Date of Award

5-2015

Degree Type

Dissertation

Degree Name

Doctor of Philosophy

Major

Child and Family Studies

Major Professor

Delores Smith

Committee Members

Priscilla Blanton, Elizabeth Johnson, John Orme

Abstract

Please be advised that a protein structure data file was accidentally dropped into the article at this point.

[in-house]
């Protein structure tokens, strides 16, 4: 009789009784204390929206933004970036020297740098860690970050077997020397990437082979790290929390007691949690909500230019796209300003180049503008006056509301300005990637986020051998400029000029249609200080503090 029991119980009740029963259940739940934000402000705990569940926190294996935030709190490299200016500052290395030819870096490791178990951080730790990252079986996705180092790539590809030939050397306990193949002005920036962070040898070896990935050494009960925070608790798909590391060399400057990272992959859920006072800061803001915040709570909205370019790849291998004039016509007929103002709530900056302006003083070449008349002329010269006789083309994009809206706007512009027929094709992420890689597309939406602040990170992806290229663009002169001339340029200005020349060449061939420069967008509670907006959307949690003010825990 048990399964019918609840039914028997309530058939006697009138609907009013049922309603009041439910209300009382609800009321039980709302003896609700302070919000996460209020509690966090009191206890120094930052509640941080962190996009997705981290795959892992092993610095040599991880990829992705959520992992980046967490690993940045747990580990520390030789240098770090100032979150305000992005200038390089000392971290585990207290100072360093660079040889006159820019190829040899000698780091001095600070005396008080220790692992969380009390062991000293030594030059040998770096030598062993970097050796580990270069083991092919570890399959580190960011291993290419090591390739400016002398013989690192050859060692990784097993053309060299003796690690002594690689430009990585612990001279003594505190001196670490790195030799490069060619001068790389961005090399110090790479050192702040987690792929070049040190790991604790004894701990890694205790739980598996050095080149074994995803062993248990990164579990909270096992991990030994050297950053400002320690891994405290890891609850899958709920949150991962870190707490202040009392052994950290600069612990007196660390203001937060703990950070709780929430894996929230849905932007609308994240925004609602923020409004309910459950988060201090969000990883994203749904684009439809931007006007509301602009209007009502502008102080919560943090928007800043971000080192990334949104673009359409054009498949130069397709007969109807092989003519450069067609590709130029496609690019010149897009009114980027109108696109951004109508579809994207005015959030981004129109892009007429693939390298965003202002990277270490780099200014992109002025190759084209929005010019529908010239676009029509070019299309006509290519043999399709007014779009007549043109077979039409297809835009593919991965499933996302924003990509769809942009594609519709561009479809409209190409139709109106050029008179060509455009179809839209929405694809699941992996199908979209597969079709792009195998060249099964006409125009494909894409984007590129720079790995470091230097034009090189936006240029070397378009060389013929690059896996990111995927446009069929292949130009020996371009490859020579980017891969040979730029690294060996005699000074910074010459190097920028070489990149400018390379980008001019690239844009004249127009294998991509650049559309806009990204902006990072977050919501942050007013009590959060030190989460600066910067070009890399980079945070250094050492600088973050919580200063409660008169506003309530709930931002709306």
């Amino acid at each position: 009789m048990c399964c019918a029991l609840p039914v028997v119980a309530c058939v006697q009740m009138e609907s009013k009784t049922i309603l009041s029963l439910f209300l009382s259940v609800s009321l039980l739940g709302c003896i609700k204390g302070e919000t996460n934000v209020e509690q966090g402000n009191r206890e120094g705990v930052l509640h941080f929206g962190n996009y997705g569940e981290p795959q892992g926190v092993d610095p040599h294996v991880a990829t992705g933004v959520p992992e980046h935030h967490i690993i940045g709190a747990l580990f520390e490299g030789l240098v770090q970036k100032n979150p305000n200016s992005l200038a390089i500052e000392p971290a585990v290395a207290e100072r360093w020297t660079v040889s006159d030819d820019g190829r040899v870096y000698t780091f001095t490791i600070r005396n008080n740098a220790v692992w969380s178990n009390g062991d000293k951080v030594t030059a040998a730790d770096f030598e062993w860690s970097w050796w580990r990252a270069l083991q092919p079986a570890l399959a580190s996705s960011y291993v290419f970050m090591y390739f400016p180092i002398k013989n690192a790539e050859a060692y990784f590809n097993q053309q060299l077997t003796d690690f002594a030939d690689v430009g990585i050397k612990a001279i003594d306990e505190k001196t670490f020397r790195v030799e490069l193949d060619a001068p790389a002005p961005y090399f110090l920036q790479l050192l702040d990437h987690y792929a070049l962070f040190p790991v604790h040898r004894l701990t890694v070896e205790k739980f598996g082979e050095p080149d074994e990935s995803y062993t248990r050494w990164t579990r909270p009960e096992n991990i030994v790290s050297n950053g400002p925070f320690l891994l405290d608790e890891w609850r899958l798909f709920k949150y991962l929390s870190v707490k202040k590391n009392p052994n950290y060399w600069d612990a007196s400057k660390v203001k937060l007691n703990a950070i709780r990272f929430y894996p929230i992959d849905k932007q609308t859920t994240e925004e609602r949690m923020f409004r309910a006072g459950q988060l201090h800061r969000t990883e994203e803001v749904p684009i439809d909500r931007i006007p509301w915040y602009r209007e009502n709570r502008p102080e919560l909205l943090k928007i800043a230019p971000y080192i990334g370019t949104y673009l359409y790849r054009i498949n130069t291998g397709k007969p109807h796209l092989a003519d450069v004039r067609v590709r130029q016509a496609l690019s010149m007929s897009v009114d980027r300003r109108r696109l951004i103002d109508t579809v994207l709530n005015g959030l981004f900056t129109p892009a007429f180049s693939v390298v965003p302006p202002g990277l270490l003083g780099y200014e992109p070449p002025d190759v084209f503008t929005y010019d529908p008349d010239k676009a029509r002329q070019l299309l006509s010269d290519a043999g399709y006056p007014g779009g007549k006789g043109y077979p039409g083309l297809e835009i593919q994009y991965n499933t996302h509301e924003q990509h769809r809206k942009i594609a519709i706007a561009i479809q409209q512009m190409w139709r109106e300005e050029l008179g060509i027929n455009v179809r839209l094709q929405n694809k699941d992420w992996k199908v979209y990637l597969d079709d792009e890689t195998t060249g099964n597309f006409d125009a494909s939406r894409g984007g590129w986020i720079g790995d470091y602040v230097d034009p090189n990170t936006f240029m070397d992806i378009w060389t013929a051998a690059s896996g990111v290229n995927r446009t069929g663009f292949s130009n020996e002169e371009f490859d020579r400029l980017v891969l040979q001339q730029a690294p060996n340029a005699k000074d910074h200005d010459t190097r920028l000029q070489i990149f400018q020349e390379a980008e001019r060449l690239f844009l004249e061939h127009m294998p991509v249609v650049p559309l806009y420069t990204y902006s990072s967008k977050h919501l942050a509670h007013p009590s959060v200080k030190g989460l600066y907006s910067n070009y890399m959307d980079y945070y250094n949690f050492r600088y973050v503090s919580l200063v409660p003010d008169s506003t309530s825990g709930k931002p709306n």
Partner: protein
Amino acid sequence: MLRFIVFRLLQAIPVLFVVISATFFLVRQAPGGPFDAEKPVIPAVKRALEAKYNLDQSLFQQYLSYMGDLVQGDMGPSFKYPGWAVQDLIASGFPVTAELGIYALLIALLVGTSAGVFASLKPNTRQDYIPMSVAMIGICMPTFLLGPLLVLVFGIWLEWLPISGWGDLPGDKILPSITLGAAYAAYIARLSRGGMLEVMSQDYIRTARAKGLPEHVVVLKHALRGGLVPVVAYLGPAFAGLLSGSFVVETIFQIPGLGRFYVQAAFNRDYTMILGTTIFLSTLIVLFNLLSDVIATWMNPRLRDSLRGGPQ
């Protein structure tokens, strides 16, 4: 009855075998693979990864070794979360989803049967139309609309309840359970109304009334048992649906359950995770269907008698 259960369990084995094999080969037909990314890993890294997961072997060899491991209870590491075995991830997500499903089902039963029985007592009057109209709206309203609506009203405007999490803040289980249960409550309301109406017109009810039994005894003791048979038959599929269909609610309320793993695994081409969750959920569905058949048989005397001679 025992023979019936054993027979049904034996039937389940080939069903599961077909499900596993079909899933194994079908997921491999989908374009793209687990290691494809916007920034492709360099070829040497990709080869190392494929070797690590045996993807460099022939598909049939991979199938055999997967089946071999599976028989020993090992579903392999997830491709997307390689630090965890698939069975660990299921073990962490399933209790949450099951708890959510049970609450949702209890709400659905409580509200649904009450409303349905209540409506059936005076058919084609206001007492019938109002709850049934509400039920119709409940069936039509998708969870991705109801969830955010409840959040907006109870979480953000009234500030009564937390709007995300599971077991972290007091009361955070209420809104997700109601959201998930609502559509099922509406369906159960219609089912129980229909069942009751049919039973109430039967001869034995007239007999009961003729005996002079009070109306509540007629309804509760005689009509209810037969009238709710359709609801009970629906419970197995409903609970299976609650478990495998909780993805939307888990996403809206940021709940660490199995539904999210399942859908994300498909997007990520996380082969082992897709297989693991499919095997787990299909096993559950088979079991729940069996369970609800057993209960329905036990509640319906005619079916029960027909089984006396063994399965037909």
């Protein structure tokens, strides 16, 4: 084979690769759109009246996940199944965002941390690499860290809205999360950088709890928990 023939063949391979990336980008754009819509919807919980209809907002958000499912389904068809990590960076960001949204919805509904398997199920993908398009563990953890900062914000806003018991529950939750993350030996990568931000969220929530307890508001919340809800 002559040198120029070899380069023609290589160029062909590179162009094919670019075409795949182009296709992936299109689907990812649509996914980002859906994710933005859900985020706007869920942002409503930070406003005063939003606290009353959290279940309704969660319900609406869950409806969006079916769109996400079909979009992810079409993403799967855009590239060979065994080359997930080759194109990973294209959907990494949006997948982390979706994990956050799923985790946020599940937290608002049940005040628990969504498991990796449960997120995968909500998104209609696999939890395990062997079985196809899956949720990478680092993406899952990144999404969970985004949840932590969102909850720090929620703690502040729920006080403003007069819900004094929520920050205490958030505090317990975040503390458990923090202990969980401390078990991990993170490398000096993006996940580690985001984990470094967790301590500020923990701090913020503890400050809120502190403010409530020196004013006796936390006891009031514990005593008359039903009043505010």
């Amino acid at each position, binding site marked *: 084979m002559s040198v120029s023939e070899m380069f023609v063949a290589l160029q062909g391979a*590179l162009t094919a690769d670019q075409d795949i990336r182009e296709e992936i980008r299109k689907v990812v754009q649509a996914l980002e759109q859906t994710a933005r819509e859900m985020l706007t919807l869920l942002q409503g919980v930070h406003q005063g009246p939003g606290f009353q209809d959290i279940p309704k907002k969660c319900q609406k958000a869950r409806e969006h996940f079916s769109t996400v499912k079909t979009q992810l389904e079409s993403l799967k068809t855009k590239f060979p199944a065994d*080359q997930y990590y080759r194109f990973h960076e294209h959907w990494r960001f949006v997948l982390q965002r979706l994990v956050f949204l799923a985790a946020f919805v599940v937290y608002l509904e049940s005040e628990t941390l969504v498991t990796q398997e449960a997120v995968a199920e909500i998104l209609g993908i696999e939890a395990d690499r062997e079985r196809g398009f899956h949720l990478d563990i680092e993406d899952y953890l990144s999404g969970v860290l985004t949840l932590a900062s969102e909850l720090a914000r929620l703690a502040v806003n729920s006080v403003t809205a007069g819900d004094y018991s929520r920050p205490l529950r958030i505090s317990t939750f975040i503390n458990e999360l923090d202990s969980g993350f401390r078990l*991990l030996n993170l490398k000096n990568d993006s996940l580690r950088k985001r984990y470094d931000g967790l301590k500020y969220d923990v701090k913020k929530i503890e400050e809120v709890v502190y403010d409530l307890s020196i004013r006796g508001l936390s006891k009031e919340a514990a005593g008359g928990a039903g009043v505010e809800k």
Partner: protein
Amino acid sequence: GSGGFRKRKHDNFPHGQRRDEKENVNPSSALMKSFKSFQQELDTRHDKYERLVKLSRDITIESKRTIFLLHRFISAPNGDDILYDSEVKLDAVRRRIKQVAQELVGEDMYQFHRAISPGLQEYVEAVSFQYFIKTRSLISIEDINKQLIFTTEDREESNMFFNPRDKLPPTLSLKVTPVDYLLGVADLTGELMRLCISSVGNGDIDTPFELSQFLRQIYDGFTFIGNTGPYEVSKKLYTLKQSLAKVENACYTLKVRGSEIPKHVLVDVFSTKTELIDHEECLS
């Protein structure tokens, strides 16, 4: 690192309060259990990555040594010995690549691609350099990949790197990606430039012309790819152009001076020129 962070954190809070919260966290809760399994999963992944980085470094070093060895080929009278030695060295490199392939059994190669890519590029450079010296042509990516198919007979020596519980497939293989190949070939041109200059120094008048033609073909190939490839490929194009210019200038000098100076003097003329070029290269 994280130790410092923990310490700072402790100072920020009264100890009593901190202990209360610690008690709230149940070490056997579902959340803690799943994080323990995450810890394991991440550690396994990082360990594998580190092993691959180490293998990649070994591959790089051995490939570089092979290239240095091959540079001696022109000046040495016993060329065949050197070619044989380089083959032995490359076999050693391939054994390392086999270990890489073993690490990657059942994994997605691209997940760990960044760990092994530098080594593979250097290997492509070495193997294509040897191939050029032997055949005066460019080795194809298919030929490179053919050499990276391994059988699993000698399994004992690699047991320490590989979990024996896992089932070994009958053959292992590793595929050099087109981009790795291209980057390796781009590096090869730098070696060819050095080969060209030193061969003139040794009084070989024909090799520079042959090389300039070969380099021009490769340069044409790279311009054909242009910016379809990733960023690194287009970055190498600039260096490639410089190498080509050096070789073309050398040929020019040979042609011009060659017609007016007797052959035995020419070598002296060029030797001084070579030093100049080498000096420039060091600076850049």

Violence against women and religious participation are two phenomena that are pervasive across many African American communities. African American women experience intimate partner violence (IPV) at a rate higher than the majority of racial groups in the U.S. Although many African American women highly depend on their faith and church to navigate their experiences with IPV, scant attention has been given to the role that Black clergy have in responding to IPV against women. As a result, clergy leaders’ responses to IPV were examined in this study. This study utilized a phenomenological method to understand African American clergy leaders’ responses to intimate partner violence against women. The sample consisted of six Black senior clergy leaders of various denominations. Each leader took part in a face-to-face interview. In accordance with the phenomenology research method, participants were asked two general questions to help shape their narrative about their interactions with abused women. The primary research question was, “How do clergy leaders describe their experiences with responding to IPV against women”. The subquestion was, “What beliefs of violence against women do clergy hold?” Findings from clergy leaders’ narratives suggested that they serve primarily four roles when responding to IPV against women: spiritual advisor, pastoral care/counselor, compassionate leaders, and uninformed responders. Overall, these themes indicate that although African American clergy acknowledge the prevalence of IPV within their communities, and are trained to counsel congregants, they lack knowledge and training to respond to it. Considering these findings, I propose that clergy receive IPV training in order to be more efficient fist-responders. Moreover, the results in this study can help clergy leaders identify gaps in their practices with abused women as well as to understand the basics of intimate partner violence.

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